More importantly, you’ll have a global network of friends who you can rely on wherever you are around the world.

    5. Learn A Third, Fourth, Or Fifth Language With Ease

    Once you learn a second language, learning a third, fourth, or fifth language will be much easier. Like building a business or achieving any goal, the process of learning a language can be replicated more easily after you’ve done it once. The first time around is usually the hardest.

    “Every time I learn a new language, I find it easier than the one before. The reasoning is simple: with every new language I study, I figure out ways to learn more efficiently.” -Benny Lewis

    With each language, your confidence improves, your resilience increases, and you develop learning hacks based on your previous language learning experiences.

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    6. Remember Things You Previously Couldn’t Remember

    Scientists and researchers often refer to the brain as a muscle. Similarly to how we get our bodies in shape, we train our brains to remember new words and to think on the spot, and we connect new neurons in our minds.

    With more training, your brain will naturally strengthen, just like a muscle. Small things that you would have previously forgotten will then become easier to remember.

    7. Feel More Connected To Your Roots And Self

    Something strange happens when you’re learning a language, something that rarely occurs in your daily life. With the culture that you discover from your second language, you begin to think about your own heritage. You will reflect more on where you come from, the history of your ancestors, and ultimately where you fit into this world.

    Becoming bilingual makes you come to terms with how you view the world. It will enhance your appreciation of the world you live in, your own culture, and ultimately who you are as an individual.

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    Last Updated on February 21, 2019

    How to Improve Your Memory: 7 Natural (And Highly Effective) Ways

    How to Improve Your Memory: 7 Natural (And Highly Effective) Ways

    How is your memory? Is your cognitive function as strong as you’d like it to be?

    If not, then you’re definitely going to be interested in the memory improvement tips I’ll be sharing with you in this article.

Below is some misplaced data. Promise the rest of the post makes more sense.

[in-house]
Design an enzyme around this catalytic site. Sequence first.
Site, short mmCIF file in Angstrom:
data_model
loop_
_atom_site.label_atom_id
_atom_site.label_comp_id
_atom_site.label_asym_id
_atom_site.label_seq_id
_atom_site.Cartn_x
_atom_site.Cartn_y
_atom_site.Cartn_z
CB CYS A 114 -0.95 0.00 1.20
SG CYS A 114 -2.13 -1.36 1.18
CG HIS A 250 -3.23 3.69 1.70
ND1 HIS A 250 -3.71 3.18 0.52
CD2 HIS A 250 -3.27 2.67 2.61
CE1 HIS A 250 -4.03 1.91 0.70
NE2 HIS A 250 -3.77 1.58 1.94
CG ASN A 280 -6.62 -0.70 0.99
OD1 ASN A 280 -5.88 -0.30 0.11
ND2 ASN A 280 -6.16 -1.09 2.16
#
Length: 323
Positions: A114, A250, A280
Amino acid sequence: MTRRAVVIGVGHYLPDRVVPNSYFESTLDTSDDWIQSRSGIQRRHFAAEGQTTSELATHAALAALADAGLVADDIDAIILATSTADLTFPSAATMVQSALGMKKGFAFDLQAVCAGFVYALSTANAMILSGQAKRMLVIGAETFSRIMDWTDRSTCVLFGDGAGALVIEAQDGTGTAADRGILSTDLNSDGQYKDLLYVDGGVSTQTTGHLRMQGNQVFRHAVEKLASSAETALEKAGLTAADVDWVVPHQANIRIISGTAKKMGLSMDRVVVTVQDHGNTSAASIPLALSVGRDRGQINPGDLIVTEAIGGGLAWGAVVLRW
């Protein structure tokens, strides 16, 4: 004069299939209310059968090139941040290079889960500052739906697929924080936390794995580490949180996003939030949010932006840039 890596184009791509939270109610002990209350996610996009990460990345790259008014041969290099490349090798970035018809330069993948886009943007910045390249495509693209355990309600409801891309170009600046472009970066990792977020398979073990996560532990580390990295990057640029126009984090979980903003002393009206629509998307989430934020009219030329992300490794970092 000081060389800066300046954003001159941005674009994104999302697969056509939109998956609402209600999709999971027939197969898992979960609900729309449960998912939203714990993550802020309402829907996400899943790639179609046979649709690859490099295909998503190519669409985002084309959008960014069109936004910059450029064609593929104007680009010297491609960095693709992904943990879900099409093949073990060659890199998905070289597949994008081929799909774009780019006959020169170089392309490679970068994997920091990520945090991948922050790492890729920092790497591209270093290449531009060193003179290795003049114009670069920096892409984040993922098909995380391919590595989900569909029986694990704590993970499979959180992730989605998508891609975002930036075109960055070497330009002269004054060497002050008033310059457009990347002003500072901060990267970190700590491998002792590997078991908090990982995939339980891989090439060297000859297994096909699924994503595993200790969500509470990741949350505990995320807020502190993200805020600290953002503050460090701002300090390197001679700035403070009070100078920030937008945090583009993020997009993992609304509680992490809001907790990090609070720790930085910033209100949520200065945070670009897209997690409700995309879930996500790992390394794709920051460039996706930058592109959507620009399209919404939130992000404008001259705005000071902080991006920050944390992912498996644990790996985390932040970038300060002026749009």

Despite what you might think – or have been told – improving your ability to recall information is certainly possible. You just need to know the right ways to do it. (Don’t worry, as you won’t need to make any significant lifestyle changes.)

    So how to improve memory? Let’s dive straight into the first of seven easy ways to improve your memory significantly.

    1. Meditate

    We live in a world of non-stop, 24/7 information. It’s like a waterfall that’s endlessly pouring news, data, facts and figures into our conscious minds.

    Unfortunately, our brains are not designed to absorb this tremendous amount of information. It’s no wonder then, that most people struggle to remember information and recall things.

    Even if you believe you have a good memory and are comfortable with multi-tasking, you’ll also be aware that there’s only so much information your brain can process at one time. And research suggests that the more information and distractions, the harder it is for you to transfer information to your long-term memory.[1]

    Fortunately, meditation can help you out.

    Even if you just meditate for 10 minutes per day, you’ll boost your ability to focus, which in turn, will make it easier for you to remember important facts.

    If you need help in shifting into a meditative state, I recommend trying an app like Headspace – which can assist you to achieve this in a convenient and structured way.

    And don’t forget, meditation doesn’t just have to be closing your eyes and sitting in a lotus position. Some people prefer to simply take a short walk in nature. This clears and calms their mind, and still provides the all-important boost to their focus.

    2. Get plenty of sleep

    If you’re sleep deprived or have not been sleeping well, then I’m guessing you’re not remembering well either. This is because sleep and memory are intimately connected.

    If you have a busy life and regularly find yourself not getting enough sleep, then this will negatively impact your cognitive abilities – including your memory.

    How much sleep should you be getting?